Format

Send to

Choose Destination
Biomaterials. 2016 Aug;98:31-40. doi: 10.1016/j.biomaterials.2016.04.023. Epub 2016 Apr 26.

Influence of particulate and dissociated metal-on-metal hip endoprosthesis wear on mesenchymal stromal cells in vivo and in vitro.

Author information

1
Center for Musculoskeletal Surgery, Charité - Universitätsmedizin Berlin, 10117 Berlin, Germany.
2
Julius Wolff Institute, Charité - Universitätsmedizin Berlin, 13353 Berlin, Germany; Berlin-Brandenburg Center for Regenerative Therapies, Charité - Universitätsmedizin Berlin, 13353 Berlin, Germany.
3
Trauma Surgery and Orthopedics, DRK Kliniken Berlin Westend, 14050 Berlin, Germany.
4
Julius Wolff Institute, Charité - Universitätsmedizin Berlin, 13353 Berlin, Germany; Berlin-Brandenburg Center for Regenerative Therapies, Charité - Universitätsmedizin Berlin, 13353 Berlin, Germany; Berlin-Brandenburg School for Regenerative Therapies, Berlin, Charité - Universitätsmedizin Berlin, 13353 Berlin, Germany.
5
Center for Musculoskeletal Surgery, Charité - Universitätsmedizin Berlin, 10117 Berlin, Germany; Berlin-Brandenburg Center for Regenerative Therapies, Charité - Universitätsmedizin Berlin, 13353 Berlin, Germany; Berlin-Brandenburg School for Regenerative Therapies, Berlin, Charité - Universitätsmedizin Berlin, 13353 Berlin, Germany. Electronic address: carsten.perka@charite.de.

Abstract

In hip arthroplasty the implants' articulating surfaces can be made of a cobalt-chromium-molybdenum (CoCrMo) alloy. The use of these metal-on-metal (MoM) pairings can lead to the release of wear products such as metallic particles and dissociated metal species, raising concerns regarding their safety amongst orthopedic surgeons and the public. MoM-wear particles are reported to be heterogeneous in their physicochemical properties, are capable of inducing adverse effects on a cellular level and are thought to be involved in relevant clinical problems like aseptic osteolysis. Yet, it remains elusive how MoM-wear affects bone forming cells and their progenitors: bone marrow residing mesenchymal stromal cells (MSCs). This study introduces an assessment of the in vivo exposure to particulate and dissociated Co and Cr and evaluates the effects of MoM-wear on MSCs. The exposure to MoM-wear products in vivo and in vitro leads to a decrease in MSCs' osteogenic matrix mineralization and alkaline phosphatase activity on a cellular and systemic level. In conclusion, MoM-wear products are released in the periprosthetic region and elevate bone marrow Co and Cr concentrations towards levels that impair osteogenic differentiation of MSCs. Therefore, the ongoing use of CoCrMo alloys for articulating surfaces in joint replacement implants needs critical reconsideration.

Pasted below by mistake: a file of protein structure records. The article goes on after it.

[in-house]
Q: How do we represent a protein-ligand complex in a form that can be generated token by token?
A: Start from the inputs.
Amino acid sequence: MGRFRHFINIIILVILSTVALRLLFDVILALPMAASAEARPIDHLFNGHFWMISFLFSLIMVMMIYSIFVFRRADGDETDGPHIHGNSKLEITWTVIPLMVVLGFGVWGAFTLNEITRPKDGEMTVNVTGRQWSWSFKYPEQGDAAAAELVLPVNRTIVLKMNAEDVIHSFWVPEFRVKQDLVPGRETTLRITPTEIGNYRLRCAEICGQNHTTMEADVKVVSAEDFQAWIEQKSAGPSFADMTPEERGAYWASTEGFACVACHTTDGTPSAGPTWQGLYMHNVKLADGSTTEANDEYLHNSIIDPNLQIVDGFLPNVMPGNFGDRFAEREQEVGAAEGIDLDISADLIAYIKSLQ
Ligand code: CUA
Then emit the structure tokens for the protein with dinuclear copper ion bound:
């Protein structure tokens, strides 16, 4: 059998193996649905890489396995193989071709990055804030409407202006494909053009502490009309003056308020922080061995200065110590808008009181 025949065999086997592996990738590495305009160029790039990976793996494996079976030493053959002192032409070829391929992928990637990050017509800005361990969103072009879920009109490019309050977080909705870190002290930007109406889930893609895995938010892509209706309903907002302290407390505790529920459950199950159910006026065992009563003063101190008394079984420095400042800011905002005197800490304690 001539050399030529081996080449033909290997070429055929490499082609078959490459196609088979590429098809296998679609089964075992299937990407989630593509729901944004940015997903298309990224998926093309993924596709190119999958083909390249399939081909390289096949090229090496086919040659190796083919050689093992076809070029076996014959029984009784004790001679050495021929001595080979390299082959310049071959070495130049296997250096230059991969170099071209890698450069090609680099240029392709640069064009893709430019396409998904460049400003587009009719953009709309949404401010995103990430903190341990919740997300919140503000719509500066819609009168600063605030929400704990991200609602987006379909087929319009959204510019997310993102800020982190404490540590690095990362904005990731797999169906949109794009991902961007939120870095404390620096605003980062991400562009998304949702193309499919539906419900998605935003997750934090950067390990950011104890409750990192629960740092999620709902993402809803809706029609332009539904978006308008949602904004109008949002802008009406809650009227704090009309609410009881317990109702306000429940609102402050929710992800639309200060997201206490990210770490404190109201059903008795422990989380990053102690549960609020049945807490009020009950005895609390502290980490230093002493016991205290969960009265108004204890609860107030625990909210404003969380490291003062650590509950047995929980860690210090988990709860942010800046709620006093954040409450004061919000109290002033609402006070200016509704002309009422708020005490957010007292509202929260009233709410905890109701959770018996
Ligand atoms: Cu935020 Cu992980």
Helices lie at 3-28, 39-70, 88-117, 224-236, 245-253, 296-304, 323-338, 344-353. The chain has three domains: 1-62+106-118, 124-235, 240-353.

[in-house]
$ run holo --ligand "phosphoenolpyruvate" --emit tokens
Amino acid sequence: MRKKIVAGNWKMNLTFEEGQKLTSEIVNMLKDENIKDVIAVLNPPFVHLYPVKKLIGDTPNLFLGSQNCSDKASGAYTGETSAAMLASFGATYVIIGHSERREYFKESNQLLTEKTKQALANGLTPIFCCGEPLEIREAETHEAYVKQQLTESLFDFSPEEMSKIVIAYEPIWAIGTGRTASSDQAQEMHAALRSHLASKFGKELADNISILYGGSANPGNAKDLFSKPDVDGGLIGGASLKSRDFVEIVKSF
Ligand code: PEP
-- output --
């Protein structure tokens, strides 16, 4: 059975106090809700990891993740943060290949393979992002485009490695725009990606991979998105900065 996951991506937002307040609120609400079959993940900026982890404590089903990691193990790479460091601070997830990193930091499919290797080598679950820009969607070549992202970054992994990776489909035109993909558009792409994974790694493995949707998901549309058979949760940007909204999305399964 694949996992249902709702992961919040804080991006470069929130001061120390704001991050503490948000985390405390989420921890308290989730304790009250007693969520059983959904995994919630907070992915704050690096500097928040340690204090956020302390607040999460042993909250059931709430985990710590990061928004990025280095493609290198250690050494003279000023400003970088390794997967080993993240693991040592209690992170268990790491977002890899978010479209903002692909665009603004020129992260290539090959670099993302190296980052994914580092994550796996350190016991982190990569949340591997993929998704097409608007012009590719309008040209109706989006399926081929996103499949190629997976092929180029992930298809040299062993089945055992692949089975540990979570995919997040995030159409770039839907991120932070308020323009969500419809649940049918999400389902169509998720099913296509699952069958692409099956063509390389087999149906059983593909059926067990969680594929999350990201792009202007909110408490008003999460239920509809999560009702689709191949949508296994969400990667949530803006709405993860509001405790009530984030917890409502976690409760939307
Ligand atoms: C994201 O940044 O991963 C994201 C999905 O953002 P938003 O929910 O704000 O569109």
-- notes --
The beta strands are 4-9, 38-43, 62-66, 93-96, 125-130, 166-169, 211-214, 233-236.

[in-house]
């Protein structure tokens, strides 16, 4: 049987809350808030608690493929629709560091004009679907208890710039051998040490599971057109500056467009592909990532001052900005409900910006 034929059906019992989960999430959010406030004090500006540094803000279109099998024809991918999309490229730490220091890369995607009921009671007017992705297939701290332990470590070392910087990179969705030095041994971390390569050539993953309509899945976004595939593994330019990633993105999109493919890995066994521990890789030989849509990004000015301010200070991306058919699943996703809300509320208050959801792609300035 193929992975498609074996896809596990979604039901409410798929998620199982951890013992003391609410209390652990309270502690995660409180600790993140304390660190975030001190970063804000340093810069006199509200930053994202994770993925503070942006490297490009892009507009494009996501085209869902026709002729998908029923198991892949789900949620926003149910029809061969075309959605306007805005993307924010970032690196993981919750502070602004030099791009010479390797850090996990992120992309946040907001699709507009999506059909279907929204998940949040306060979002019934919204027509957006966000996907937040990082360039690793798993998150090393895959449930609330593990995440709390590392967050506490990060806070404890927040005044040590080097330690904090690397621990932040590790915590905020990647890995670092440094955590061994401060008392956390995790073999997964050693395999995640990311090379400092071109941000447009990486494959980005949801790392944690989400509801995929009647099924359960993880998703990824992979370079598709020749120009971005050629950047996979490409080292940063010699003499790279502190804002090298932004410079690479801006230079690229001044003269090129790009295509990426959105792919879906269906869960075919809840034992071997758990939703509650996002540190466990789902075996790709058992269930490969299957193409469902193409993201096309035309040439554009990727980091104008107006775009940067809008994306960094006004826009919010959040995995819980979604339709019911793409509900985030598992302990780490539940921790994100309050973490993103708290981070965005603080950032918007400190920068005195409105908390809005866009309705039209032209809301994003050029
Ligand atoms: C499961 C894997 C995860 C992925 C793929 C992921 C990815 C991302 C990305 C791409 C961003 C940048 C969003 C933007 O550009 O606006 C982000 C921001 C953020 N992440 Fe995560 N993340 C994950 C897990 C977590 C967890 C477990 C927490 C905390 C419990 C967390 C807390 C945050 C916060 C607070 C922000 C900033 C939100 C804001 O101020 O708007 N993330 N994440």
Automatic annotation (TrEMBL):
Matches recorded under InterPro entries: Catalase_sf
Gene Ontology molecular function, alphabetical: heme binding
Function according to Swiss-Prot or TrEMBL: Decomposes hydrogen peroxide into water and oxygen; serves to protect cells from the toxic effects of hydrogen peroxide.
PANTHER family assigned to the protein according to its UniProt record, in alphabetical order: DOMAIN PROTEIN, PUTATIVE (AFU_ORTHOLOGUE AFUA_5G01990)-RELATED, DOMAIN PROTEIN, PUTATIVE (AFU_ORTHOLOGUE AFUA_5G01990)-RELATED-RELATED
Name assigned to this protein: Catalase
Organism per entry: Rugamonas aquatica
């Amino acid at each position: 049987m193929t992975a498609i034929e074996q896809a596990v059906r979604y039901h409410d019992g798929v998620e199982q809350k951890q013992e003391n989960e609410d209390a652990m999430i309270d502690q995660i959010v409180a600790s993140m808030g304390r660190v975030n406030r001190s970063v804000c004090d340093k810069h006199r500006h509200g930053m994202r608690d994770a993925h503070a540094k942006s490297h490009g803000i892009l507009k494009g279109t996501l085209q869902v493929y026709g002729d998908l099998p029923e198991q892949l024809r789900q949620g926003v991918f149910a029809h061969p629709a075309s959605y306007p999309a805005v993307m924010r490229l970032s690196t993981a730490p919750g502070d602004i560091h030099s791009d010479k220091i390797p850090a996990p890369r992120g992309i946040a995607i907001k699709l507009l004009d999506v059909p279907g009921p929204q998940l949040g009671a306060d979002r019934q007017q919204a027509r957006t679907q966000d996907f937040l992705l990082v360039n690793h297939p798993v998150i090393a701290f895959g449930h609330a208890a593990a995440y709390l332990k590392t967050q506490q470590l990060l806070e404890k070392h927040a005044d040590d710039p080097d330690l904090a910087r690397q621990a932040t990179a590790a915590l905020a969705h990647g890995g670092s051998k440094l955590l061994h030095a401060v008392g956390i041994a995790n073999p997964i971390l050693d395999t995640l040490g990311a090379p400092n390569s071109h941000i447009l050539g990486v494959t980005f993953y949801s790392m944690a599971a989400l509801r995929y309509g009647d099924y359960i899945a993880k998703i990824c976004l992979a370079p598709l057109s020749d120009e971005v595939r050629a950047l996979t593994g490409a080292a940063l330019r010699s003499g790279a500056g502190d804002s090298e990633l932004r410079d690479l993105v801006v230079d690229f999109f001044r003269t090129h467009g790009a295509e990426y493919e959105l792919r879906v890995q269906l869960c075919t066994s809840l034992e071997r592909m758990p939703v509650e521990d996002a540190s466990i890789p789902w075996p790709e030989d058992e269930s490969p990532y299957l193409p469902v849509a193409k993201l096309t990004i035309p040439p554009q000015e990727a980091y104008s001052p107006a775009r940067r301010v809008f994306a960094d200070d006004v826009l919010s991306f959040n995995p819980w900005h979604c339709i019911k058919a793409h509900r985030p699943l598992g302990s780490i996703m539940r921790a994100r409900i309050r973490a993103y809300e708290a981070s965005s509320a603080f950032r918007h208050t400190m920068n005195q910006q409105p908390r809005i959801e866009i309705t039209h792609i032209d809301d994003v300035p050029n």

KEYWORDS:

Biocompatibility; CoCrMo alloy; Mesenchymal stromal cells; Metal toxicity; Metal-on-metal wear; Total hip arthroplasty

[Indexed for MEDLINE]

Supplemental Content

Full text links

Icon for Elsevier Science
Loading ...
Support Center